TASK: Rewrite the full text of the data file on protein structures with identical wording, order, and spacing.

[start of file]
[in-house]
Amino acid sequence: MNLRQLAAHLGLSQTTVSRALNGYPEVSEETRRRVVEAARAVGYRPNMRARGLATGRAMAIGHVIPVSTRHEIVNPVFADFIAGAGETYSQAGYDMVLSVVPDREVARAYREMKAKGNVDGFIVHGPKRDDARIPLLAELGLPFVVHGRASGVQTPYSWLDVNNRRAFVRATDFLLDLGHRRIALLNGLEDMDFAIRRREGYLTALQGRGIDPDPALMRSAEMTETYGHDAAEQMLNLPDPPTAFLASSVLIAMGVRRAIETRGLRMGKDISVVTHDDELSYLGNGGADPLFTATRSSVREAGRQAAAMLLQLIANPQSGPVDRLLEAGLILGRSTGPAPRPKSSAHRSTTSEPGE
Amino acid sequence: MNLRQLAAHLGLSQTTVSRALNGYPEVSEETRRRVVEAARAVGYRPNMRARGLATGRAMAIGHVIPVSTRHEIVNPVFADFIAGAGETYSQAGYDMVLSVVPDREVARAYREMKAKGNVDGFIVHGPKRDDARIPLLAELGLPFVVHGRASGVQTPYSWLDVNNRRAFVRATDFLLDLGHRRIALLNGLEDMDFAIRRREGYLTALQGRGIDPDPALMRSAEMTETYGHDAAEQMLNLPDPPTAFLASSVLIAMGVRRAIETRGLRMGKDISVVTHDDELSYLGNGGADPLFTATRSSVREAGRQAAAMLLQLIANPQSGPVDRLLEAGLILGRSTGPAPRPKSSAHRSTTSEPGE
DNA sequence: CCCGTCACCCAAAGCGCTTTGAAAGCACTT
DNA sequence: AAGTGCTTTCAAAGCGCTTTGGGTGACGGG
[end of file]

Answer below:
[in-house]
Amino acid sequence: MNLRQLAAHLGLSQTTVSRALNGYPEVSEETRRRVVEAARAVGYRPNMRARGLATGRAMAIGHVIPVSTRHEIVNPVFADFIAGAGETYSQAGYDMVLSVVPDREVARAYREMKAKGNVDGFIVHGPKRDDARIPLLAELGLPFVVHGRASGVQTPYSWLDVNNRRAFVRATDFLLDLGHRRIALLNGLEDMDFAIRRREGYLTALQGRGIDPDPALMRSAEMTETYGHDAAEQMLNLPDPPTAFLASSVLIAMGVRRAIETRGLRMGKDISVVTHDDELSYLGNGGADPLFTATRSSVREAGRQAAAMLLQLIANPQSGPVDRLLEAGLILGRSTGPAPRPKSSAHRSTTSEPGE
Amino acid sequence: MNLRQLAAHLGLSQTTVSRALNGYPEVSEETRRRVVEAARAVGYRPNMRARGLATGRAMAIGHVIPVSTRHEIVNPVFADFIAGAGETYSQAGYDMVLSVVPDREVARAYREMKAKGNVDGFIVHGPKRDDARIPLLAELGLPFVVHGRASGVQTPYSWLDVNNRRAFVRATDFLLDLGHRRIALLNGLEDMDFAIRRREGYLTALQGRGIDPDPALMRSAEMTETYGHDAAEQMLNLPDPPTAFLASSVLIAMGVRRAIETRGLRMGKDISVVTHDDELSYLGNGGADPLFTATRSSVREAGRQAAAMLLQLIANPQSGPVDRLLEAGLILGRSTGPAPRPKSSAHRSTTSEPGE
DNA sequence: CCCGTCACCCAAAGCGCTTTGAAAGCACTT
DNA sequence: AAGTGCTTTCAAAGCGCTTTGGGTGACGGG